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Shegar – Awkward

August 24, 2005

Family Hotel 30 yuan/bed
As many people requested, now on I will put the information of the accomodation that I use during my trip.

The day started very early when I arrived in Shigatse bus station to take the public bus to Shegar (New Tingri), the gateway to the Everest base camp. I just knew that I am really lucky, I look Chinese and I speak Chinese, and I purchased the public bus ticket easily. Apparently the bus station in Shigatse doesnt sell ticket to foreigners, and the drivers usually refuse foreigners to get in (but still u can do some tricks). I met a Canadian heading to Nepal but couldnt get into the bus. And after 6 hours of journey, the bus took two Israelis who hitchhiked some kms away from Lhatse. These two Israelis have tried hard to get their way to Nepal, but all buses and trucks refused to take them, until our bus came.

The road deteriorates after Lhatse. And once our bus “sinked” into the mud, and they needed around 1 hour to rescue it.

A very unpleasant situation happened today. In Shegar, when we (the two Israelis and I) had dinner, we were discussing about “backpackers havens” around the world, comparing the restaurants and shops in major tourist areas like Khaosan Road of Bangkok, Thamel of Kathmandu, Phan Ngum Lao of Saigon, and of course the Barkhor area of Lhasa. I personally dont like Lhasa tourist area as now it’s “invaded” by Sichuan restaurants and tourist shops everywhere. Unfortunately when I expressed my opinion, there was a Tibetan guide who heard me saying “I dont like Lhasa”. This guy got very offended, as he didnt listen to the whole conversation and attacked me by saying “If you dont like Lhasa, why bother coming to Tibet?” :-/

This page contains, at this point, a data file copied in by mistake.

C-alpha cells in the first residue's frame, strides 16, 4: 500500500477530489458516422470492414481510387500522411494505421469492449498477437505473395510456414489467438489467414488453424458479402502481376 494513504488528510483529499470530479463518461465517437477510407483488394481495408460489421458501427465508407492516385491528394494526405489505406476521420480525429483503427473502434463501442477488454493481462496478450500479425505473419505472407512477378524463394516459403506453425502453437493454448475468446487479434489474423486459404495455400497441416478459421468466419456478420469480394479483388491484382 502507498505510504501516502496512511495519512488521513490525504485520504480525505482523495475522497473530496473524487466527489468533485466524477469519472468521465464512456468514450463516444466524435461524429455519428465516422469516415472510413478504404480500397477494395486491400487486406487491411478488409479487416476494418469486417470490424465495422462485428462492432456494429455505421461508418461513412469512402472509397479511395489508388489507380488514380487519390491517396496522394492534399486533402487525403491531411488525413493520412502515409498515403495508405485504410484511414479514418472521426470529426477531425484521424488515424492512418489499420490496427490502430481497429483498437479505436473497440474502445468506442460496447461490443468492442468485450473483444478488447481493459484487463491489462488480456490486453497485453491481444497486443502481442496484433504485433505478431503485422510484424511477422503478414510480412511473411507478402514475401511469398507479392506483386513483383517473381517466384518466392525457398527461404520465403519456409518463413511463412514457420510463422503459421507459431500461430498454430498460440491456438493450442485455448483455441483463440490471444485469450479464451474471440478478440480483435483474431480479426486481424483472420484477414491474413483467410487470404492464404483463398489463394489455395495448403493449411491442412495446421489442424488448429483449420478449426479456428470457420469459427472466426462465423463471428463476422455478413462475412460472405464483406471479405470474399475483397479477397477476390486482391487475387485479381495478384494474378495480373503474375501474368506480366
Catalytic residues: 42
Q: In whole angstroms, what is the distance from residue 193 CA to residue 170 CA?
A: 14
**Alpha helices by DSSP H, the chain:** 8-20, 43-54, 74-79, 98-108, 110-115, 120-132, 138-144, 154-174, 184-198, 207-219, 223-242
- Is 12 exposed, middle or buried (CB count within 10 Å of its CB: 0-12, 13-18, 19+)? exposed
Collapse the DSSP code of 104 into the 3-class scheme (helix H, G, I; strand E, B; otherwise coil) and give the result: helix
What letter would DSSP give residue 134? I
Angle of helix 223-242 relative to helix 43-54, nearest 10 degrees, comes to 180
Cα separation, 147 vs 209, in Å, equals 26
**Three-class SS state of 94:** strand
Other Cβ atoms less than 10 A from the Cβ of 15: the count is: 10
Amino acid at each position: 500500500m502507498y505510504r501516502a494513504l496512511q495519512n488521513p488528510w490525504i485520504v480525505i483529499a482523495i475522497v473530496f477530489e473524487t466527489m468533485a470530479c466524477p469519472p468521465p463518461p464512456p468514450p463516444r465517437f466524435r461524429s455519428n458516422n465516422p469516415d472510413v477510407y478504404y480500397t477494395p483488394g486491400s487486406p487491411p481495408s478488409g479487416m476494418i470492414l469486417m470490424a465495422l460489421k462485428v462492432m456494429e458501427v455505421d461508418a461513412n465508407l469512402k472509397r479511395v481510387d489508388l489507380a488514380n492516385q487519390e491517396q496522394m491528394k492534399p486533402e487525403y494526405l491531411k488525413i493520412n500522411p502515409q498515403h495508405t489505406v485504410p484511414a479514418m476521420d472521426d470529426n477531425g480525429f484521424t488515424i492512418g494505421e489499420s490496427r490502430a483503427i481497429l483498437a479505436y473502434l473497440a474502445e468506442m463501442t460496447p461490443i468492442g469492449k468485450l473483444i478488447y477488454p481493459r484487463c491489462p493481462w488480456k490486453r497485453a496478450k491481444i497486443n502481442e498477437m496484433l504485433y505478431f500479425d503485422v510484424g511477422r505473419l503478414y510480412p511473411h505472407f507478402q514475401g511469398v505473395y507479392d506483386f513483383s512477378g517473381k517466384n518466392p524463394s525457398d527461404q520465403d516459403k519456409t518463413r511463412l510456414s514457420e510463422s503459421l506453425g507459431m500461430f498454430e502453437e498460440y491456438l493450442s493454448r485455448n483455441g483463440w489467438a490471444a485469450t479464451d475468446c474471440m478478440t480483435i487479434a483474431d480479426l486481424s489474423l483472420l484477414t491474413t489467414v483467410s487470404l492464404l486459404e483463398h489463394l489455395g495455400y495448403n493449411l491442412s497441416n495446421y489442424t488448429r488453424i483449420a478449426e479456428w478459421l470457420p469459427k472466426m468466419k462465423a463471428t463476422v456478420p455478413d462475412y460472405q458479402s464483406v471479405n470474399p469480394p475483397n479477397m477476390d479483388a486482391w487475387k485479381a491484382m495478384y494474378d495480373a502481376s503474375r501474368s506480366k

I tried to explain to him, but he was on the top of his emotion. He even accused me of not telling the truth “to my guests” (he thought I was Chinese guide and the Israelis are my customers), I should tell them that Tibet was part of China and it was very logical there are many Chinese stores in Lhasa.

So moral of the story, be really careful when talking about Tibet, especially when it comes to Lhasa, Dalai Lama, Panchen Lama, etc. I know many travelers from China got disappointed when they come to Tibet, as they have traveled thousands of kilometres away from their home, just to find that Lhasa looks like other cities in China. But guys, be careful when saying this in Tibet, I had the experience already. And if you dont like Sichuan restaurants in Lhasa, dont come to Tibet (cynical…) :|

About Agustinus Wibowo

Agustinus is an Indonesian travel writer and travel photographer. Agustinus started a “Grand Overland Journey” in 2005 from Beijing and dreamed to reach South Africa totally by land with an optimistic budget of US$2000. His journey has taken him across Himalaya, South Asia, Afghanistan, Iran, and ex-Soviet Central Asian republics. He was stranded and stayed three years in Afghanistan until 2009. He is now a full-time writer and based in Jakarta, Indonesia. agustinus@agustinuswibowo.com Contact: Website | More Posts

1 Comment on Shegar – Awkward

  1. Adam Alexander Smith // September 5, 2005 at 9:12 pm // Reply

    Hmm. It pays to keep conversation at a low level in Tibet about Politics. But your talk was simply sharing what you felt. I think it was your every freedom to share your opinion about what you found with your own friends, about Lhasa. The man who became angry with you, was nosy listening in to your conversation, and you had more right to be angry with him (in my opinion) rather than him angry with you. But travel drama is good :)

    In 2002, i knew Lhasa was going to be pretty much just a Chinese city because many people had told me. And Lhasa was one of the last stops on the way in from Nepal. By that time everything much more Tibetan had been seen, so it didn’t bother me so much. But people who only fly into Lhasa and back out on a visit to Tibet, must be very very dissapointed indeed.

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